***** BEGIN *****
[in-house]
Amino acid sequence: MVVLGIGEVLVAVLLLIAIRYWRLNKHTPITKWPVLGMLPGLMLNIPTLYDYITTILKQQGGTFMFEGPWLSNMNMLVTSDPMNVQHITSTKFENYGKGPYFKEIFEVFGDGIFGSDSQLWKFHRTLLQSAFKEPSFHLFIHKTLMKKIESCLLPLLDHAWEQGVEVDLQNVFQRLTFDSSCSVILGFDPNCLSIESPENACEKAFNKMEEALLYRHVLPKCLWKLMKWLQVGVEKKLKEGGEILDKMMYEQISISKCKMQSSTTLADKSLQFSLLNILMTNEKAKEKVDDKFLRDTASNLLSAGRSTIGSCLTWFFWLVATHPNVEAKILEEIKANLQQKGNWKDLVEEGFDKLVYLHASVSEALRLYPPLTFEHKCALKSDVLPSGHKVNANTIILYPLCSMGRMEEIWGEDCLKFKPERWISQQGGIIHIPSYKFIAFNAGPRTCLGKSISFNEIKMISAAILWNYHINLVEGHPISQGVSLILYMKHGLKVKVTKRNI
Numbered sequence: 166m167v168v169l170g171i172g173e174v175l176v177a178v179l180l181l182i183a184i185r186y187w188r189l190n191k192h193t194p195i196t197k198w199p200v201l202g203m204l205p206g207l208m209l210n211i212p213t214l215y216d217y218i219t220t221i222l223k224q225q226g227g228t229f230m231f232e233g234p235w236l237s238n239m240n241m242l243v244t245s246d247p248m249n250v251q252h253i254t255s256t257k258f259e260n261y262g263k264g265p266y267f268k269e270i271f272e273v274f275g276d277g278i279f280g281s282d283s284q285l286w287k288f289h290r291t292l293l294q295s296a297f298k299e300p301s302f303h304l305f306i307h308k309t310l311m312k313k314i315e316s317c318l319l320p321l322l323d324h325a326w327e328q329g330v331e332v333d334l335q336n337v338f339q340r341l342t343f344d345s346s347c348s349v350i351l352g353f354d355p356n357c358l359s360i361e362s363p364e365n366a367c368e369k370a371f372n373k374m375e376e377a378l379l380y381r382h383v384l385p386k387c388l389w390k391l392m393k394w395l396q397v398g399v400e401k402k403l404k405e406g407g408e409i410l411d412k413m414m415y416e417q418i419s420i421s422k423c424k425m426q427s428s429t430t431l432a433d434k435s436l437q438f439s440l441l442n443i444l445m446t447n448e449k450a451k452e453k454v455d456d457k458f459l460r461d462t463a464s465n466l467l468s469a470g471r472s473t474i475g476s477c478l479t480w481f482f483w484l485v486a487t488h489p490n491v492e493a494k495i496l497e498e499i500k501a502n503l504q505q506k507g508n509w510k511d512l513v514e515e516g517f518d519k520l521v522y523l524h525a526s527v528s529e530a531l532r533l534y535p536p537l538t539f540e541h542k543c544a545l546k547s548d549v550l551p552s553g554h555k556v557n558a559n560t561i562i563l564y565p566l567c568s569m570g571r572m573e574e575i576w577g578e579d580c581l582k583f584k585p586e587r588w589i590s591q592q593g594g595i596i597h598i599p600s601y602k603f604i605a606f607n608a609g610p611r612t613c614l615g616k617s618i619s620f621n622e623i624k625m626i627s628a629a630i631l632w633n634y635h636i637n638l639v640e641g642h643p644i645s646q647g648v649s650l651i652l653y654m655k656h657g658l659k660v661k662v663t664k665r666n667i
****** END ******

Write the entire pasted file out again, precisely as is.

[in-house]
Amino acid sequence: MVVLGIGEVLVAVLLLIAIRYWRLNKHTPITKWPVLGMLPGLMLNIPTLYDYITTILKQQGGTFMFEGPWLSNMNMLVTSDPMNVQHITSTKFENYGKGPYFKEIFEVFGDGIFGSDSQLWKFHRTLLQSAFKEPSFHLFIHKTLMKKIESCLLPLLDHAWEQGVEVDLQNVFQRLTFDSSCSVILGFDPNCLSIESPENACEKAFNKMEEALLYRHVLPKCLWKLMKWLQVGVEKKLKEGGEILDKMMYEQISISKCKMQSSTTLADKSLQFSLLNILMTNEKAKEKVDDKFLRDTASNLLSAGRSTIGSCLTWFFWLVATHPNVEAKILEEIKANLQQKGNWKDLVEEGFDKLVYLHASVSEALRLYPPLTFEHKCALKSDVLPSGHKVNANTIILYPLCSMGRMEEIWGEDCLKFKPERWISQQGGIIHIPSYKFIAFNAGPRTCLGKSISFNEIKMISAAILWNYHINLVEGHPISQGVSLILYMKHGLKVKVTKRNI
Numbered sequence: 166m167v168v169l170g171i172g173e174v175l176v177a178v179l180l181l182i183a184i185r186y187w188r189l190n191k192h193t194p195i196t197k198w199p200v201l202g203m204l205p206g207l208m209l210n211i212p213t214l215y216d217y218i219t220t221i222l223k224q225q226g227g228t229f230m231f232e233g234p235w236l237s238n239m240n241m242l243v244t245s246d247p248m249n250v251q252h253i254t255s256t257k258f259e260n261y262g263k264g265p266y267f268k269e270i271f272e273v274f275g276d277g278i279f280g281s282d283s284q285l286w287k288f289h290r291t292l293l294q295s296a297f298k299e300p301s302f303h304l305f306i307h308k309t310l311m312k313k314i315e316s317c318l319l320p321l322l323d324h325a326w327e328q329g330v331e332v333d334l335q336n337v338f339q340r341l342t343f344d345s346s347c348s349v350i351l352g353f354d355p356n357c358l359s360i361e362s363p364e365n366a367c368e369k370a371f372n373k374m375e376e377a378l379l380y381r382h383v384l385p386k387c388l389w390k391l392m393k394w395l396q397v398g399v400e401k402k403l404k405e406g407g408e409i410l411d412k413m414m415y416e417q418i419s420i421s422k423c424k425m426q427s428s429t430t431l432a433d434k435s436l437q438f439s440l441l442n443i444l445m446t447n448e449k450a451k452e453k454v455d456d457k458f459l460r461d462t463a464s465n466l467l468s469a470g471r472s473t474i475g476s477c478l479t480w481f482f483w484l485v486a487t488h489p490n491v492e493a494k495i496l497e498e499i500k501a502n503l504q505q506k507g508n509w510k511d512l513v514e515e516g517f518d519k520l521v522y523l524h525a526s527v528s529e530a531l532r533l534y535p536p537l538t539f540e541h542k543c544a545l546k547s548d549v550l551p552s553g554h555k556v557n558a559n560t561i562i563l564y565p566l567c568s569m570g571r572m573e574e575i576w577g578e579d580c581l582k583f584k585p586e587r588w589i590s591q592q593g594g595i596i597h598i599p600s601y602k603f604i605a606f607n608a609g610p611r612t613c614l615g616k617s618i619s620f621n622e623i624k625m626i627s628a629a630i631l632w633n634y635h636i637n638l639v640e641g642h643p644i645s646q647g648v649s650l651i652l653y654m655k656h657g658l659k660v661k662v663t664k665r666n667i